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Food Recovery

December 12, 2012 Green Blog No Comments

Naomi Bloch






December 12, 21012

Potomac, Md

I hope that all of you had an abundant and enjoyable Thanksgiving holiday and  that you are preparing for the upcoming ones too.  The holiday season has two key aspects to it, food and giving.  It is also a time of year when many of us are reminded of just how many people are struggling with various levels of food insecurity

With this serious problem in mind, I was so happy to learn that our Montgomery County Council has adopted a resolution that establishes a working group to study the feasibility of a countywide food recovery system. This measure was inspired in part by the successful food redistribution program called The Food Recovery Network at University of Maryland, College Park.  Ben Simon, a University of Maryland undergraduate student concerned about food waste and hunger here in the DC metro area, started up this program.

Watch this Food Recovery Program video to better understand how  Simon was moved to start the program as a result of his extensive volunteering, as a teenager, at homeless shelters and food kitchens in the DC metro area.  This experience made him aware that there is an ongoing critical need to feed people while at the same time an alarming amount of good food is simply thrown away every day.

Thanks to the program, food from the on campus dining halls, sporting events and catered events is now sent to local food pantries, non-profits and faith-based groups who are feeding hungry families in the area.

I had the personal pleasure to meet Ben Simon at a food security panel discussion this past June 2nd in Takoma Park. The Montgomery County resolution  17-564  I mentioned comes a result of this panel, which also included Montgomery County council member Valery Ervin, sponsor of this bill.

The panel was organized by my friend, Gordon Clark, founder of the Montgomery Victory Gardens.

It isn’t very often that one witnesses a coming together of people and policymakers that results in direct and concrete actions.  This is why the news of this new working group  is of great interest to me.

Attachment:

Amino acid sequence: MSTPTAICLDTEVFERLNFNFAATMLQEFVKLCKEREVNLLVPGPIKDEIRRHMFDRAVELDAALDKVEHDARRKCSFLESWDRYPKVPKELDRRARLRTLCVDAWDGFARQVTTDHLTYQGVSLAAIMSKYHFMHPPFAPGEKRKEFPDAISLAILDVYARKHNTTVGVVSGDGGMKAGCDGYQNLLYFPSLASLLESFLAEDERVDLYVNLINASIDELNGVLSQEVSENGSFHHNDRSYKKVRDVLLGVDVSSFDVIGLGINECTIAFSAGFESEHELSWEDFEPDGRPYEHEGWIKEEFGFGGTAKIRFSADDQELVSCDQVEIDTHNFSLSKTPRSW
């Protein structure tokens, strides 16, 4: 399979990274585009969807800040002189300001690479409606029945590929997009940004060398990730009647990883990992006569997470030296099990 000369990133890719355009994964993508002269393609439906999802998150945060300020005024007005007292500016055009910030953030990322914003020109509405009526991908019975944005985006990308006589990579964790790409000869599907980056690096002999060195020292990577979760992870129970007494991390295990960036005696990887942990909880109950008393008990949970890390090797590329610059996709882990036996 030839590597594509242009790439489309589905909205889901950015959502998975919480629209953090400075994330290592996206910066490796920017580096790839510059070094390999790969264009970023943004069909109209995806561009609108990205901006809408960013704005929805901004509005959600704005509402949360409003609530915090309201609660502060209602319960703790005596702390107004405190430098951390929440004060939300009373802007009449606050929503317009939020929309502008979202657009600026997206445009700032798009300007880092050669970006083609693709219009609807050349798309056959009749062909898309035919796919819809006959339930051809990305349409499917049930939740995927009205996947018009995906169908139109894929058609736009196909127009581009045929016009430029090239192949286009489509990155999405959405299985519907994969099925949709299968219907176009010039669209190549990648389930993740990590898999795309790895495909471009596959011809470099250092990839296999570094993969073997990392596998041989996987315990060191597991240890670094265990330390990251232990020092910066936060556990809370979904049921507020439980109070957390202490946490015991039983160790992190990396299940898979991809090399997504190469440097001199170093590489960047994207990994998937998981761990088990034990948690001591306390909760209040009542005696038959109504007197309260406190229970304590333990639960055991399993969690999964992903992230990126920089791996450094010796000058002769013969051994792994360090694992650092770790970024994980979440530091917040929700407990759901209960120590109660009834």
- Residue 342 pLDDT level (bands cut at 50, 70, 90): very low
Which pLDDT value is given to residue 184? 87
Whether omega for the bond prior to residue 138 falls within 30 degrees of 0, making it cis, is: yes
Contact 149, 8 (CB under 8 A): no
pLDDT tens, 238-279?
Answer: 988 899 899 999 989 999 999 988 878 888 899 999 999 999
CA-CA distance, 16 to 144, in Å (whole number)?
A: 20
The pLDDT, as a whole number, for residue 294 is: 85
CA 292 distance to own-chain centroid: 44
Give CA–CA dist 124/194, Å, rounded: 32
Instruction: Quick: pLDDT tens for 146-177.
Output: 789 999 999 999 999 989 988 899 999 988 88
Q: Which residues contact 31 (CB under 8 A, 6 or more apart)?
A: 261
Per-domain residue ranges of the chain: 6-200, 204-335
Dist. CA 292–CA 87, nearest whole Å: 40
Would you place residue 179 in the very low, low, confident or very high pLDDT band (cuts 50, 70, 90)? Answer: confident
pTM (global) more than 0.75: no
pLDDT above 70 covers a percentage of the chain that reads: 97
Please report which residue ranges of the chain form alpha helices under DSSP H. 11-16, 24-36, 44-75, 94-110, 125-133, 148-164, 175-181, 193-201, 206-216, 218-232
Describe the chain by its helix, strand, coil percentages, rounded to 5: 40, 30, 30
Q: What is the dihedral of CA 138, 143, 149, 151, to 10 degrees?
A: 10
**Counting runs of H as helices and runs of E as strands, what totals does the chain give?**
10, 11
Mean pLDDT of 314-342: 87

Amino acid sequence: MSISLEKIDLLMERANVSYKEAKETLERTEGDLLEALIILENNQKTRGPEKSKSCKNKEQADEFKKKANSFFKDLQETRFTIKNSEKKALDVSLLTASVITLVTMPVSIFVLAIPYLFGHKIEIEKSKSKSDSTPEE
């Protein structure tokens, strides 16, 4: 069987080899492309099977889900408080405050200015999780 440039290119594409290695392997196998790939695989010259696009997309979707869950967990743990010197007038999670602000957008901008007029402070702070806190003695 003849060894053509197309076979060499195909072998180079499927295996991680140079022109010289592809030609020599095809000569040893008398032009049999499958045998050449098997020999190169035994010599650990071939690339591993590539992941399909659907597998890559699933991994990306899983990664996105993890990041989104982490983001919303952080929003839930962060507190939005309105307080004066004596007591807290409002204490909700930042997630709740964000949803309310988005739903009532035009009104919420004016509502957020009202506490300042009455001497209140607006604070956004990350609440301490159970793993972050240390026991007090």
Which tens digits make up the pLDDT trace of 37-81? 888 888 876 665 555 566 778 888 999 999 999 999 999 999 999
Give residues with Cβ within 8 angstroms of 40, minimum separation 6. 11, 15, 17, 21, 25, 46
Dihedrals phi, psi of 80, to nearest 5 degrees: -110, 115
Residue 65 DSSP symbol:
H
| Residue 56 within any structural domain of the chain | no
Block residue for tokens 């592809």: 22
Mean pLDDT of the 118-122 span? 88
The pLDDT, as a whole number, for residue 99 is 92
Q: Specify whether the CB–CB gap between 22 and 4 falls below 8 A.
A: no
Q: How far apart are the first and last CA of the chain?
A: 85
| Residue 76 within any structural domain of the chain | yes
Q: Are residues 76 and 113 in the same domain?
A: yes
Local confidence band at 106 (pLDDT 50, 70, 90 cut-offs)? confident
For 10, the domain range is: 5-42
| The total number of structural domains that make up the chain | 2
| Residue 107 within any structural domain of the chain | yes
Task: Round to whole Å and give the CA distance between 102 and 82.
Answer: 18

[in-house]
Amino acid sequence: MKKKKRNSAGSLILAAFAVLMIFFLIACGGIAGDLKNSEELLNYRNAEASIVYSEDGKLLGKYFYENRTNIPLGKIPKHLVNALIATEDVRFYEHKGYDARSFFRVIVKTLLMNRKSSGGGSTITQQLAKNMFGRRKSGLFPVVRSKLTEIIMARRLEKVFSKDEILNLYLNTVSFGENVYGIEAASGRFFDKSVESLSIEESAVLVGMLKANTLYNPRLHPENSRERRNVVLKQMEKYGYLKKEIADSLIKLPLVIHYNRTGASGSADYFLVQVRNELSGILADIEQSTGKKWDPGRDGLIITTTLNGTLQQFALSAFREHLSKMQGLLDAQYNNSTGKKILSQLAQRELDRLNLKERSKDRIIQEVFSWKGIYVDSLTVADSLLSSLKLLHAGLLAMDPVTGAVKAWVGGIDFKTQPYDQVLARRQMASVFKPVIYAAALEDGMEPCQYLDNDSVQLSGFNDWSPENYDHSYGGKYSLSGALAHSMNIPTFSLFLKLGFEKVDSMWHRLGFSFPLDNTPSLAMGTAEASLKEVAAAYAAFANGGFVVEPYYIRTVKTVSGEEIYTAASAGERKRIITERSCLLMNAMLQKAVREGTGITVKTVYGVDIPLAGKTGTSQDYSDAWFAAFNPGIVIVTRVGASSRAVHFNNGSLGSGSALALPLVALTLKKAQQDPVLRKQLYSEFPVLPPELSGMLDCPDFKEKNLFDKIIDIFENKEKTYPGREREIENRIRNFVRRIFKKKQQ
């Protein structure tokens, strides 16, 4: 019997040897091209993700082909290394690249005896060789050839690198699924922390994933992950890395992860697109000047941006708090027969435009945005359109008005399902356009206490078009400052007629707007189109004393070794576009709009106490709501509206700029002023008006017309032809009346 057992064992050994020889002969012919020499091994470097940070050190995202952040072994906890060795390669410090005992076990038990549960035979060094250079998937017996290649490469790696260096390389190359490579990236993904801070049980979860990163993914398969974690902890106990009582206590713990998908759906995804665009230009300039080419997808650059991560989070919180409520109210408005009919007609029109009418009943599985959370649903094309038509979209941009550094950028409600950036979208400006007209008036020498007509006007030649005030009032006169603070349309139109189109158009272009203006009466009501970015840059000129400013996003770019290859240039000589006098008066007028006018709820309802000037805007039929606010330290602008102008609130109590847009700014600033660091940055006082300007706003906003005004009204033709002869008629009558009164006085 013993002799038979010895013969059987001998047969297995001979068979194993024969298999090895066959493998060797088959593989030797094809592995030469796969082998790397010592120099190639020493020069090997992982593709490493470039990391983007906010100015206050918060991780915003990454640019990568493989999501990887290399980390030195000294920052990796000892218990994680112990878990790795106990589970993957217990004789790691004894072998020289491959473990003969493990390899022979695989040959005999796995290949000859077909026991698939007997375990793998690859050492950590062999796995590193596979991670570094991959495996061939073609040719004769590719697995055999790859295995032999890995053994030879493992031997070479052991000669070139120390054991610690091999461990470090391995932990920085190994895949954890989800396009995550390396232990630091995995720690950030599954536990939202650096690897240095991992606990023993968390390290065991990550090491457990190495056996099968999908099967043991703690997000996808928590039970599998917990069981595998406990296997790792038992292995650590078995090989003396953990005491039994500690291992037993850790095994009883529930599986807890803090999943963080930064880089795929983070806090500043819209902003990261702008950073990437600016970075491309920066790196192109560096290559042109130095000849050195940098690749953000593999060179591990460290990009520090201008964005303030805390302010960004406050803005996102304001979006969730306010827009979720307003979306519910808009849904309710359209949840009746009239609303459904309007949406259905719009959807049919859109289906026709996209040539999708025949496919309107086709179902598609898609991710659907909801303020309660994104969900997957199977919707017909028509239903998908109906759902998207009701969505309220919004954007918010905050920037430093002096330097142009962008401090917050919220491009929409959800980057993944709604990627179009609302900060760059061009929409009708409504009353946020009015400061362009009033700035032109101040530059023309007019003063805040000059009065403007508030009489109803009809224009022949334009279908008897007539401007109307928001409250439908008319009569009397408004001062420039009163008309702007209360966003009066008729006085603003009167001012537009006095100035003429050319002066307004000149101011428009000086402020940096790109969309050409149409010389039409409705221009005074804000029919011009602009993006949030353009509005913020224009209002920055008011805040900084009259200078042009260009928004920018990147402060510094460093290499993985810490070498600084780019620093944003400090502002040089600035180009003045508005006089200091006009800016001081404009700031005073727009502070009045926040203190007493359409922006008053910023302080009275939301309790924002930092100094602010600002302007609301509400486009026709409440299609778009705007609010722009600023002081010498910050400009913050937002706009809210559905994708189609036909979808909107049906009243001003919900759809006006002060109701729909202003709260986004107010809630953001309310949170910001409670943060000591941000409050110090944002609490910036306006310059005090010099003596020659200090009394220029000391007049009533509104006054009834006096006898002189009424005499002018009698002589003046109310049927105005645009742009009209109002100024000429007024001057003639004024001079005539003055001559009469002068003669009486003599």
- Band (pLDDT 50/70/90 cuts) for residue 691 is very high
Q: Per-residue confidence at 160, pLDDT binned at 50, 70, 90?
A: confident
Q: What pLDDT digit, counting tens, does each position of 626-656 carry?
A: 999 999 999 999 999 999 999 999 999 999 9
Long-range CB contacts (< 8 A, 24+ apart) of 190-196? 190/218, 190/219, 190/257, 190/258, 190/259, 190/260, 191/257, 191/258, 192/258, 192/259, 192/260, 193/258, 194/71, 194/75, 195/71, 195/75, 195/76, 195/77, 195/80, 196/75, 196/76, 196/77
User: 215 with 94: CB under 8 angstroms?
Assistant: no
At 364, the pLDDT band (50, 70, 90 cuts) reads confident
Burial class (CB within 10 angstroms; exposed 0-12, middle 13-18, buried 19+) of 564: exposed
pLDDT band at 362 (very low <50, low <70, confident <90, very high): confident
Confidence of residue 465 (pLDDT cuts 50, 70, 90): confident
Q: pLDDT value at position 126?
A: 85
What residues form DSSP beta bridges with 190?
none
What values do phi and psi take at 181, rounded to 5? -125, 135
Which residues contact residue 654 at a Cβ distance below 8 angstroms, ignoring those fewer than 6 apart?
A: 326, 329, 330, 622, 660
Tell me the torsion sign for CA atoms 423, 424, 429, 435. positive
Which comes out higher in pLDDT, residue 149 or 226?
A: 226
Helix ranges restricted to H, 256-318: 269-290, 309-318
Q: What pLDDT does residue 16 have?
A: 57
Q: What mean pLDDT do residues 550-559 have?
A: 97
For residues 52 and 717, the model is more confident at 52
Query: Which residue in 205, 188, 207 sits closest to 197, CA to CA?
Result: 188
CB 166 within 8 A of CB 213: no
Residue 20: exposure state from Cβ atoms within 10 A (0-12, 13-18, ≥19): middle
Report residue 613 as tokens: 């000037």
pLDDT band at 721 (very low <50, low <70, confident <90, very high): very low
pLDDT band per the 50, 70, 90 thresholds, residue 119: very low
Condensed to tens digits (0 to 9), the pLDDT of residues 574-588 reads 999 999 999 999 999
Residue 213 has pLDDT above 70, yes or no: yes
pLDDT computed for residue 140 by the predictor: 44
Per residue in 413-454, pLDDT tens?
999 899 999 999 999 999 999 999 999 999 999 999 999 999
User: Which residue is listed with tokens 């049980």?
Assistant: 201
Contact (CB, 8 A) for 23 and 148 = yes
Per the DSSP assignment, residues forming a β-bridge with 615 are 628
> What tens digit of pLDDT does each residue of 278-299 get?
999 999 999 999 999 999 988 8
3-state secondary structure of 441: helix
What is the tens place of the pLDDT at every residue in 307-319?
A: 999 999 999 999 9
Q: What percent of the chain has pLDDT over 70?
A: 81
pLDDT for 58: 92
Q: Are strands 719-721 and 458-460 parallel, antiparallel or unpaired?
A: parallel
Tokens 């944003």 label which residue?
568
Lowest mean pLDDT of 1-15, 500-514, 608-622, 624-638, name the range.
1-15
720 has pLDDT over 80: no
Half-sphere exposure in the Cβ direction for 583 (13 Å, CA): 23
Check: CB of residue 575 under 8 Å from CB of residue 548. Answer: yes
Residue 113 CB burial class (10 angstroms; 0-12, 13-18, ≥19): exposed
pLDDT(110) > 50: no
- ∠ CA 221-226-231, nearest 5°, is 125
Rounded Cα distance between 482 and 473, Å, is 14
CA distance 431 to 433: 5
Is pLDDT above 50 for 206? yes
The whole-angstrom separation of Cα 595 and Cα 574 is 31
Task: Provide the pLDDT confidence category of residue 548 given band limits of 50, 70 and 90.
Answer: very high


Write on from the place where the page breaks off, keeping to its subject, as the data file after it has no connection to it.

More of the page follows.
The group that the Montgomery County Council has brought together naturally includes Ben Simon as well as many other stakeholders.  The list of people/organizations named is an impressive one:

Anne Sheridan of Share our Strength; Ben Simon of the Food Recovery Network; Brett Myers of Nourish Now; Jackie Coyle of Shepherd’s Table; Jeremy Criss of the County’s Department of Economic Development; Kate Garvey of County’s Department of Health and Human Services; Kathi Carey-Fletcher of Montgomery College; Barry F. Scher of the Capital Area Food Bank; Lindsay Smith of Montgomery County Food Policy Council; Marie Henderson of the Interfaith Works; Mark Bergel of A Wider Circle; Marla Caplon of Montgomery County Public Schools Food and Nutrition Services; Michele Dudley of Crossroads Farmer’s Market; Minerva Delgado of Manna Food Center; Patricia Drumming of Rainbow Community Development Center; Sarah Cunningham of Maryland Restaurant Association; James Perkins of Giant Food, LLC; Gregory Ten Eyck of Safeway, Inc.; Craig M. Shniderman of Food and Friends; and Richard Jackson of the County’s Department of General Services.

There are many different entities working toward the solutions that will be bring together the two sides of this problem; the people, restaurants, farmers and school cafeterias with too much food together with the people and non-profits that don’t have enough.

If all of this information has made you  interested in volunteering at the Food  Recover Network, check out the link below for more information:
The ultimate goal of this program is to eventually get most, if not all of the college campuses across the country to implement this program.

Please  also check out these additional links to other organizations where you can volunteer that are working on various aspects of the fundamental issue of food:



Lastly, here are a few links with with factual information about how much food goes to waste here in the United States:



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